by Joe Bollig
KANSAS CITY, Kan. — For husband and wife medical couple Carlos and Jennifer Pacheco, there’s no hiding from the COVID-19 virus. They’re fighting it on the front lines.
And the fight is more than a little scary.
“I have prayed more during the past few months than I have in my entire life,” said 28-year-old Jennifer Pacheco, a charge nurse in the Intensive Care Unit at Providence Medical Center in Kansas City, Kansas.
She is seven months pregnant. Husband Carlos Pacheco, 32, is chief resident at the University of Missouri-Kansas City/Truman Medical Center family medicine residency.
“I am constantly asking God to protect my unborn child, to protect my husband and to protect my family,” she said.
The couple, who married last year, are members of St. John the Baptist Parish in Kansas City, Kansas. They plan to soon join St. Patrick Parish in Kansas City, Kansas, where they both grew up.
Carlos and Jennifer both graduated from Bishop Ward High School, but four years apart — he in 2006; she in 2010. They didn’t know each other at school but knew each other’s families.
“I finally got to meet Carlos at a Bishop Ward football game in 2012,” said Jennifer. “He had coached my brother Andrew the previous seasons and came back to watch a game that year. I just happened to stand next to him throughout the game . . . and the rest is history.
“I was just accepted into nursing school,” she continued, “and he was starting his medical school journey. So, we didn’t start dating for a while after we met, but we always kept in touch.”
They married, started their work at different medical facilities and began their family. Jennifer is due to deliver their first child in early July.
Like everyone else, the couple heard how a new virus emerged in China and how it later spread to Italy and other places around the world.
“You never expect something like this to happen so close to home,” said Jennifer. “I think it finally hit me when I was placed in a two-week quarantine after caring for the first COVID-19 positive patient I encountered. It was early and the nation wasn’t fully aware of the whole array of symptoms people could have. This particular [asymptomatic] patient didn’t necessarily scream COVID-19.”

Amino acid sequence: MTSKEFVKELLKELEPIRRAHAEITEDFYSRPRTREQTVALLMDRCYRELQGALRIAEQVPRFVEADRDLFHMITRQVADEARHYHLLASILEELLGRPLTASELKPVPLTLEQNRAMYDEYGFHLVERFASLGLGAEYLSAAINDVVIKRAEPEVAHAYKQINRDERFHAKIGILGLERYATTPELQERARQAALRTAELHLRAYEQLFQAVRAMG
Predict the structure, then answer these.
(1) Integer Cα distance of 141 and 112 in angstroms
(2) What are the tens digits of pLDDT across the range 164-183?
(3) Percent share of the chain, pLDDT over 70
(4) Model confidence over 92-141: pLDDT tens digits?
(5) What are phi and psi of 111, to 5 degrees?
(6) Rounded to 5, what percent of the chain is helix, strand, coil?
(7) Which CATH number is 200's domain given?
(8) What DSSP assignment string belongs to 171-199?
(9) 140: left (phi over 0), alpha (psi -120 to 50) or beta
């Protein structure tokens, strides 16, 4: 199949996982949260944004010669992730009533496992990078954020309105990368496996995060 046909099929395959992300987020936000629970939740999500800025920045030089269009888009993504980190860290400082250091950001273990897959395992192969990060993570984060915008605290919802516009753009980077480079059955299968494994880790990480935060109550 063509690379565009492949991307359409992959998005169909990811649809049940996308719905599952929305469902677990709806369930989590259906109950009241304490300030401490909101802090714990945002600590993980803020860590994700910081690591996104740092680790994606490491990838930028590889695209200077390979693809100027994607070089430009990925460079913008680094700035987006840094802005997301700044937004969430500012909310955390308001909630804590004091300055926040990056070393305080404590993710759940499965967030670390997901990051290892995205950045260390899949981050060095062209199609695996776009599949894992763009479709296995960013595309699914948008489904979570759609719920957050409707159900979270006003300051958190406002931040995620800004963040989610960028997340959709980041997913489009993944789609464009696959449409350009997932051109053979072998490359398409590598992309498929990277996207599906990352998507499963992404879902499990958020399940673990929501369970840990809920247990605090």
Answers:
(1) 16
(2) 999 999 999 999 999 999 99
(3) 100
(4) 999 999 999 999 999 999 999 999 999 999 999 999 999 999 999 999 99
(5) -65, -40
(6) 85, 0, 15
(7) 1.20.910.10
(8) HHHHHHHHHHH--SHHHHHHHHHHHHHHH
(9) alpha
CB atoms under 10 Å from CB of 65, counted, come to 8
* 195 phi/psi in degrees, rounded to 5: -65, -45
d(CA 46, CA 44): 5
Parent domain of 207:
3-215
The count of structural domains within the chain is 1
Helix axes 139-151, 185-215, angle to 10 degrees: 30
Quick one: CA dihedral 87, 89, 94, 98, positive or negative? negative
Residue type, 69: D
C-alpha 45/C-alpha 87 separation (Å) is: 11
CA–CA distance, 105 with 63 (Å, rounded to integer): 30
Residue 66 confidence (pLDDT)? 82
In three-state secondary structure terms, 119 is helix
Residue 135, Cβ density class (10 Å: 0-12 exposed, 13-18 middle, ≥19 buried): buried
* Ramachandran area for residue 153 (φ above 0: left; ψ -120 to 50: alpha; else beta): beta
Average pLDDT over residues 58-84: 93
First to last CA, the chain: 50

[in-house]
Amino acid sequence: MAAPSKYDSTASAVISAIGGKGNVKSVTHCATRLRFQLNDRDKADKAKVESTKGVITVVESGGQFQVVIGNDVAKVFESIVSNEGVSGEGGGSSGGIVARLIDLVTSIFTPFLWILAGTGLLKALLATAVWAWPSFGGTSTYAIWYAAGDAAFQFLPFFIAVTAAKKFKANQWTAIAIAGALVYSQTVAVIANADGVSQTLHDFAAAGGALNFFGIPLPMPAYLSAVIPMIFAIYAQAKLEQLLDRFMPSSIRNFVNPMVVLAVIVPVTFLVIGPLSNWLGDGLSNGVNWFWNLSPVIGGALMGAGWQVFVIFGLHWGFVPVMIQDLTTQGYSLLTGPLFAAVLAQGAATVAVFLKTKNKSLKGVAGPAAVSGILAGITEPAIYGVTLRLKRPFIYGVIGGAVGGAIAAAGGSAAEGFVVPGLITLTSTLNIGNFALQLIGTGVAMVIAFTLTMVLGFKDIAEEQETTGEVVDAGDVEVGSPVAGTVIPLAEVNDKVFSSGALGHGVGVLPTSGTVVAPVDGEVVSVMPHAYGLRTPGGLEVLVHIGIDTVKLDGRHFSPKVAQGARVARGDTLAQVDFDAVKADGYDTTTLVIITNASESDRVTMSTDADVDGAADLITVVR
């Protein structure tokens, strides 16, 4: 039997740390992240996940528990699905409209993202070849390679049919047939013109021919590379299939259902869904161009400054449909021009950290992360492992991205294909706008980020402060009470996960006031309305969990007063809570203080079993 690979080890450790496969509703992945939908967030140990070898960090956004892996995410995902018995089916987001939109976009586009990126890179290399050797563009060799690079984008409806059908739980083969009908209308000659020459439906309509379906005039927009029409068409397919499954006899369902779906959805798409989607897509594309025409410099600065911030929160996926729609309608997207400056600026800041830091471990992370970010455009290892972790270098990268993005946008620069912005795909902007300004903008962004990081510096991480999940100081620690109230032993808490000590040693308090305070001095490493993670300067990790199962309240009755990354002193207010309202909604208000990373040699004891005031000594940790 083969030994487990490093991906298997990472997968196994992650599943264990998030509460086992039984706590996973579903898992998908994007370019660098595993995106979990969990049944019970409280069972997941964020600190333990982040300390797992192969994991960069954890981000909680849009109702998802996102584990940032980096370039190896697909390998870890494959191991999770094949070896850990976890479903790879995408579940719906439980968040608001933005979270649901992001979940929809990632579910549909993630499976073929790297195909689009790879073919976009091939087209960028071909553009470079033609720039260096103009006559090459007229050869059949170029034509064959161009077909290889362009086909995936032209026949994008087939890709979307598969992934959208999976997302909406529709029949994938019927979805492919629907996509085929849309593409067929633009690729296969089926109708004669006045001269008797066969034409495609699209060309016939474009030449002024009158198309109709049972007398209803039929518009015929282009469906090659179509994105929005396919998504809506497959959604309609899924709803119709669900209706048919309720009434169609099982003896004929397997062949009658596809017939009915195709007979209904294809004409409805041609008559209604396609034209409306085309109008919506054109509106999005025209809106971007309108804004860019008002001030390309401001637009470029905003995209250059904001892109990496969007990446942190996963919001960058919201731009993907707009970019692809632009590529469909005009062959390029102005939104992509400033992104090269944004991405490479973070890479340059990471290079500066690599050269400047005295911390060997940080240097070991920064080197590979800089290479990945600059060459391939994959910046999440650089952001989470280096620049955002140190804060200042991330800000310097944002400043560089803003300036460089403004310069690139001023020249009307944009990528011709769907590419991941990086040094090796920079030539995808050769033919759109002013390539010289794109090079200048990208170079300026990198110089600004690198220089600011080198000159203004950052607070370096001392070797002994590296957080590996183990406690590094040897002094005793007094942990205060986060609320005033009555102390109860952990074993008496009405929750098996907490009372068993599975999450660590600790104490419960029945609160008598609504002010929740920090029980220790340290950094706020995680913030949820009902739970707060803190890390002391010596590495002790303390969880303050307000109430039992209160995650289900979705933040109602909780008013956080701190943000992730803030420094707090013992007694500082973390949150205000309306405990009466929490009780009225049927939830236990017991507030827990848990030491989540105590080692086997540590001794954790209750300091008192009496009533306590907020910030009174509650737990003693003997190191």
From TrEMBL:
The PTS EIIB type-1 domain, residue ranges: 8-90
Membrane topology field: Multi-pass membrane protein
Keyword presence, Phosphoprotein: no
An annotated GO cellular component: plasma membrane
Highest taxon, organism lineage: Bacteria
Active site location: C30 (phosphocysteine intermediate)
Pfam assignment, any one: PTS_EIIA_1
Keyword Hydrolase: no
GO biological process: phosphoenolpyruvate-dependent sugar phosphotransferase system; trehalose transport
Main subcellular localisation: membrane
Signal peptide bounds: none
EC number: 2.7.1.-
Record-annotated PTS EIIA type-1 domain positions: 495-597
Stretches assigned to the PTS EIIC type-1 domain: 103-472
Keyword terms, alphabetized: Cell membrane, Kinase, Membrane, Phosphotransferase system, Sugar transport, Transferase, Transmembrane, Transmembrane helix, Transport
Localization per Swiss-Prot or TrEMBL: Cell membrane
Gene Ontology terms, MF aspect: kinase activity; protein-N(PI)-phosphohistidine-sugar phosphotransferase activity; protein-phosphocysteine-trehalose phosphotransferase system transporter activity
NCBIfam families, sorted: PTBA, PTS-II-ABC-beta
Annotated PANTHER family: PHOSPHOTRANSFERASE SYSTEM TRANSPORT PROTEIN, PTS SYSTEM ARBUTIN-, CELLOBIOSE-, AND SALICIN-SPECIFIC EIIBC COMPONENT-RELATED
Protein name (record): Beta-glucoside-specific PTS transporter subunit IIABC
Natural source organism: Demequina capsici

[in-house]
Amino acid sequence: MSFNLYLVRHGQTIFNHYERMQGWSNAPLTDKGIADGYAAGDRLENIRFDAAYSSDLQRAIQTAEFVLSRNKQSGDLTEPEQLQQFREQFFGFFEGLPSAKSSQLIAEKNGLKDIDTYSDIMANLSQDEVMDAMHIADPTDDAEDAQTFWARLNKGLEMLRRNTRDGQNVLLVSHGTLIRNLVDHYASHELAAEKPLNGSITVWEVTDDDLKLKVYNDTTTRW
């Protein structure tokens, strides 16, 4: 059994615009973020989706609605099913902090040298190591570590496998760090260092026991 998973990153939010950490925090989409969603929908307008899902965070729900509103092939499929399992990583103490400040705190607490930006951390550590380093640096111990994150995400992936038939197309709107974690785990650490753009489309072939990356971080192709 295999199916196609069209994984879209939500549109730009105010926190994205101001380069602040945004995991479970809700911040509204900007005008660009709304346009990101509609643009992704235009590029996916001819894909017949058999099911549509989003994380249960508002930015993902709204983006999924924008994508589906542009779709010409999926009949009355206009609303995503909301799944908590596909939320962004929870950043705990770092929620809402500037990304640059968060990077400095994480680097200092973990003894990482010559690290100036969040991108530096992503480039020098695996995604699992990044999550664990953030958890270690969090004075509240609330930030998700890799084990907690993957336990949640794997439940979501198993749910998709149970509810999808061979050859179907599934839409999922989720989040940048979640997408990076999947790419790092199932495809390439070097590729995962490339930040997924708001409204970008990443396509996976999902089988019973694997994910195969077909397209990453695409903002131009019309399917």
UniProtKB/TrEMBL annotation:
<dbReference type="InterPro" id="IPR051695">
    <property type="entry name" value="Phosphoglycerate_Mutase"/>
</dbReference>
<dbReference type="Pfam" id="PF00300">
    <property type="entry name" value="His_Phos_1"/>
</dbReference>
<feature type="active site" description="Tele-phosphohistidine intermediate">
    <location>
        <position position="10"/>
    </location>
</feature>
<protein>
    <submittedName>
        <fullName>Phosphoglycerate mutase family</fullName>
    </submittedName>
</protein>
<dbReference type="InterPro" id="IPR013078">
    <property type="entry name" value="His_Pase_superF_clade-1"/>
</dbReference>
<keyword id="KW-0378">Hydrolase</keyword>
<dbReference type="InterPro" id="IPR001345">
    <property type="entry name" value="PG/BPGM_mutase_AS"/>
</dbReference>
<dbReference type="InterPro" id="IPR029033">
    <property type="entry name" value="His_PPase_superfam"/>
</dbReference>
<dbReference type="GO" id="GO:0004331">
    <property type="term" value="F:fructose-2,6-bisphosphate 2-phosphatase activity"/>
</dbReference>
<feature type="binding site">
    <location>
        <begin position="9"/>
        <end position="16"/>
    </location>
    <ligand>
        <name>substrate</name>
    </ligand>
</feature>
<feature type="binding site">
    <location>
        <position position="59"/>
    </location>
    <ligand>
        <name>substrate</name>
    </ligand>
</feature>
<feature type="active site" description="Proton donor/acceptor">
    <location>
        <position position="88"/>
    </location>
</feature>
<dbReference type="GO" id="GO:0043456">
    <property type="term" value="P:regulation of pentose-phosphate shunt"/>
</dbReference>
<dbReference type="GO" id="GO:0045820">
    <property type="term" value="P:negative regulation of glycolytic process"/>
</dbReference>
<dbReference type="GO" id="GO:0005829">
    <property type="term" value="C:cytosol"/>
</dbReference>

Carlos was monitored by his hospital and continued to work. Jennifer was quarantined from March 10-24 and never tested positive.
“It was mentally pretty rough,” she said. “There was a lot we didn’t know, and I was pretty scared that I was going to start having symptoms throughout the first week. It was all over the news and I knew [the ICU] was shorthanded with so many people out on quarantine from just one particular case. It was pretty consuming.”
As scary as it can be to work in medicine during a pandemic, it’s what they signed up for when they decided to become doctors and nurses, said Carlos. Fear and uncertainty are part of the package.
“Early on,” said Carlos, “there was a lot of uncertainty regarding what doctors should be doing to test and treat patients, what kind of personal protection equipment we should wear, what to tell patients, how to keep our families safe and so on.
“With time, that has gotten better as more information comes out. But we still don’t have all the answers and we’re just trying to do our best with what we know.”
Jennifer returned to work at the end of her quarantine. For a while, the trickle continued.
But in early April, the pandemic tsunami hit.
“The one memory I won’t ever forget is on one particular Friday in the ICU,” said Jennifer. “We had a few patients who had tested positive, which we expected, but that particular day things just exploded. We had to shuffle COVID-19 negative ICU patients to different parts of the hospital. We couldn’t keep up with the number of patients needing ventilators.
“It really hit me that particular day that things were as bad as we saw on the news, and this was going to affect our county more than we thought.”
Jennifer’s co-workers decided to move her to a “clean” ICU with no COVID-19 positive patients, to protect her and her unborn child.
It has been a difficult time. But thanks to their Catholic faith, they’re getting through it.
“I was called to medicine because of my desire to serve others,” said Carlos.
“My faith teaches me that Jesus was a loving servant,” he added. “So, I approach my profession in that way. I know that if I focus on serving the patient as if they were my own family, then I will have done some good in my life.
“This has also carried me through the COVID-19 crisis,” he continued. “I cannot control who has the virus, if I will get it, if my family will get it, or if my patients will die from it. What I can control is how I perform my role as a physician.
“And if I lean on the gifts of service and love . . . then I can be at peace with the situation.”
Faith and the perspective of gratitude keep her going, said Jennifer.
“I remind myself that the people who are suffering are why I’m in this profession and I change my mindset,” said Jennifer. “I’m healthy and need to be grateful.
“Granted, I’ve had many tearful drives home from work, and moments asking God why we are going through this. But I return to the hospital knowing I was meant to do this.
“God granted me the compassion and the skills needed to do my job,” she added, “and I need to do make sure I’m doing my best.
“Maintaining a positive outlook and knowing that I’m doing all I can during this crisis is keeping me going.”